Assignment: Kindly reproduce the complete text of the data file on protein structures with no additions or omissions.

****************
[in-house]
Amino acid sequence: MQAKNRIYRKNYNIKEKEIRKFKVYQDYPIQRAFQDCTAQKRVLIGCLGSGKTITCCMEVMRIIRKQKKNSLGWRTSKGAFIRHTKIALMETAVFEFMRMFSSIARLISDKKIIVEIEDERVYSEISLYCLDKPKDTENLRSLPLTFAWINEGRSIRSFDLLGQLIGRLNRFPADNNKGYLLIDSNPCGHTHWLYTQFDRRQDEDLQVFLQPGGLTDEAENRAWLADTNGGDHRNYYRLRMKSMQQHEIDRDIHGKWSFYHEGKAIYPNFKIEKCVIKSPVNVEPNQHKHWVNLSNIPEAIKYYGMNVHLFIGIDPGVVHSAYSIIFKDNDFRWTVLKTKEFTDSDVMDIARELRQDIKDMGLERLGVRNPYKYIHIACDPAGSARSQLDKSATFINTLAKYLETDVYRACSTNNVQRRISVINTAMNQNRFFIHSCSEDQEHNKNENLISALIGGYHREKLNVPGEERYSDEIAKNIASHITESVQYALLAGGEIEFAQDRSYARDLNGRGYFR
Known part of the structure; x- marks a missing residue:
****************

[in-house]
Amino acid sequence: MQAKNRIYRKNYNIKEKEIRKFKVYQDYPIQRAFQDCTAQKRVLIGCLGSGKTITCCMEVMRIIRKQKKNSLGWRTSKGAFIRHTKIALMETAVFEFMRMFSSIARLISDKKIIVEIEDERVYSEISLYCLDKPKDTENLRSLPLTFAWINEGRSIRSFDLLGQLIGRLNRFPADNNKGYLLIDSNPCGHTHWLYTQFDRRQDEDLQVFLQPGGLTDEAENRAWLADTNGGDHRNYYRLRMKSMQQHEIDRDIHGKWSFYHEGKAIYPNFKIEKCVIKSPVNVEPNQHKHWVNLSNIPEAIKYYGMNVHLFIGIDPGVVHSAYSIIFKDNDFRWTVLKTKEFTDSDVMDIARELRQDIKDMGLERLGVRNPYKYIHIACDPAGSARSQLDKSATFINTLAKYLETDVYRACSTNNVQRRISVINTAMNQNRFFIHSCSEDQEHNKNENLISALIGGYHREKLNVPGEERYSDEIAKNIASHITESVQYALLAGGEIEFAQDRSYARDLNGRGYFR
Known part of the structure; x- marks a missing residue: